Even if you recall who I am, the fact of this letter I am sure will be a surprise. I am going to impose on your good nature, for which I apologise and thank-you. I hope you come to understand why.
We met at the beginning of August, in the Synagogue. I was the Australian who wandered in off the street, soaking wet from one of the sudden deluges I was always getting caught in. I remember standing inside the doorway feeling a little unsure – I am not Jewish, I am not even religious. You smiled at me though and made me welcome, and we came to talk.
I guess this letter attests to the fact that you made an impression on me. I had come to pay homage, but did not know what I felt or what I wanted to feel. You set me at my ease, and exuded an aura of serenity that calmed and impressed me. This is why I write to you now, and no other.
I had come to Singapore to declare my love for a friend who had just moved there from Melbourne. I was full of grand ideals and romantic notions, of poetry and hackneyed dreams of living happily ever after. I found though that the words I had sung so loudly in my imagination I could not speak aloud to her. For days this went on, like a lump of wood I was, without the courage to speak the truth in my heart.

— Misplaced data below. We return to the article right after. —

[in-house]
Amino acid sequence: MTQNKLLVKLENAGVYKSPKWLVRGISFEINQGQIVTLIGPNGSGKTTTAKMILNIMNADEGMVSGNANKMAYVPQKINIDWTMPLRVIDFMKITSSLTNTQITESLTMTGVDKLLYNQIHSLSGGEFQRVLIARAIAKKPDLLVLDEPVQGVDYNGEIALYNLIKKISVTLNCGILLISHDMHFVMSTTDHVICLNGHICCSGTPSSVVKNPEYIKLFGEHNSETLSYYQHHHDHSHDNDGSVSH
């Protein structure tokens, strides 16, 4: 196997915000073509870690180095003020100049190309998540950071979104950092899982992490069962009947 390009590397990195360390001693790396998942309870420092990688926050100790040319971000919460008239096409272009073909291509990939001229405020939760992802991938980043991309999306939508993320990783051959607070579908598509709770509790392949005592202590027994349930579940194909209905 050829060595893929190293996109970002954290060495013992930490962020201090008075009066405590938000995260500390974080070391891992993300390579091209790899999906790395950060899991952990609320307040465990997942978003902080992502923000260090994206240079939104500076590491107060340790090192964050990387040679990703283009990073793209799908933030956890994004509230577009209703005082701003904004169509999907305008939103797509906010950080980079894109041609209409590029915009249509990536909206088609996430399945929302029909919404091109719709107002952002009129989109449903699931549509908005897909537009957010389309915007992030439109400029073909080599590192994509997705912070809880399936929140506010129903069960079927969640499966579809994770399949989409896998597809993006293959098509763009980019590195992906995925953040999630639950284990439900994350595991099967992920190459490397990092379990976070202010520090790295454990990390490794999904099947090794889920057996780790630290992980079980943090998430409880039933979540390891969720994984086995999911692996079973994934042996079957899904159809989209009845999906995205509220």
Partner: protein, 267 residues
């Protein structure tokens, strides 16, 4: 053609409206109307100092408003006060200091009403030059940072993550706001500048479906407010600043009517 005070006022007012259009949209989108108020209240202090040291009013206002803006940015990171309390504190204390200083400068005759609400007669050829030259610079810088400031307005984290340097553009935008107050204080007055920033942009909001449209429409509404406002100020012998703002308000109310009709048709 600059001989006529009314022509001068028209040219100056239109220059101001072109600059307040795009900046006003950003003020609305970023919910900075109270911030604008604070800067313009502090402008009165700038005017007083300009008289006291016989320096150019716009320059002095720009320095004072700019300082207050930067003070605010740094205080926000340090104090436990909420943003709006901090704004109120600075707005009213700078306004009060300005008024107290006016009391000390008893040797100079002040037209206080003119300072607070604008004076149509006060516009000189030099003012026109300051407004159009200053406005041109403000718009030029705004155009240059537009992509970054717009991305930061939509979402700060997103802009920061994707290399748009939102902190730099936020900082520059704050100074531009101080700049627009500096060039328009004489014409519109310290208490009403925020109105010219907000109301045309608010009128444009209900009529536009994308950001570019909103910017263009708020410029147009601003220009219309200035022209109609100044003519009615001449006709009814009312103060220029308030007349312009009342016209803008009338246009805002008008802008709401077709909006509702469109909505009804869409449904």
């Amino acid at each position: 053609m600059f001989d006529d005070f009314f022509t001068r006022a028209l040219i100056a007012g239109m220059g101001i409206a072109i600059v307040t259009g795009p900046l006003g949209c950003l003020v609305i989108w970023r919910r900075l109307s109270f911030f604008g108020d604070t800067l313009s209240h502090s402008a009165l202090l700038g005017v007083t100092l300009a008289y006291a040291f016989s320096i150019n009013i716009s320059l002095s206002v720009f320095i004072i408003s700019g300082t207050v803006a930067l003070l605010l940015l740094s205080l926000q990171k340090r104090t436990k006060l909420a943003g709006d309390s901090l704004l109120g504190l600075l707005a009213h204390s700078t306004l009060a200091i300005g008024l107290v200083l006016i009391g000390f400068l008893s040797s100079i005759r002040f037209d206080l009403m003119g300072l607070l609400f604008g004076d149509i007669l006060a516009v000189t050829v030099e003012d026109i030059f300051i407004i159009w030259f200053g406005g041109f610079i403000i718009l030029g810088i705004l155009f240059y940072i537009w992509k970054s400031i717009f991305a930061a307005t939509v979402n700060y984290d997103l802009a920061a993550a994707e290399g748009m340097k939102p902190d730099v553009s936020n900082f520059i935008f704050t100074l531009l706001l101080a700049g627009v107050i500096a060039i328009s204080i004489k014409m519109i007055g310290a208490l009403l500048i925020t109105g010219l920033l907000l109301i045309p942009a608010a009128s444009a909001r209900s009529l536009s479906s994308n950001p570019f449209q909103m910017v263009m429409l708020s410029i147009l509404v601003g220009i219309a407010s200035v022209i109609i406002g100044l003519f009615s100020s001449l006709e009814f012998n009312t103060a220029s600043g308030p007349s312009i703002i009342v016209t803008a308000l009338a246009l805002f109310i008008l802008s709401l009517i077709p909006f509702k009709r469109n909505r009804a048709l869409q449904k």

That day in the Synagogue I had come to share some of her life and background. T is Jewish, as we discussed then. I wanted to know something of where she came from, what made her. When you love someone you want to understand them, and want to cradle that intimate knowledge close to you. You and I spoke and then I wandered slowly around the Synagogue.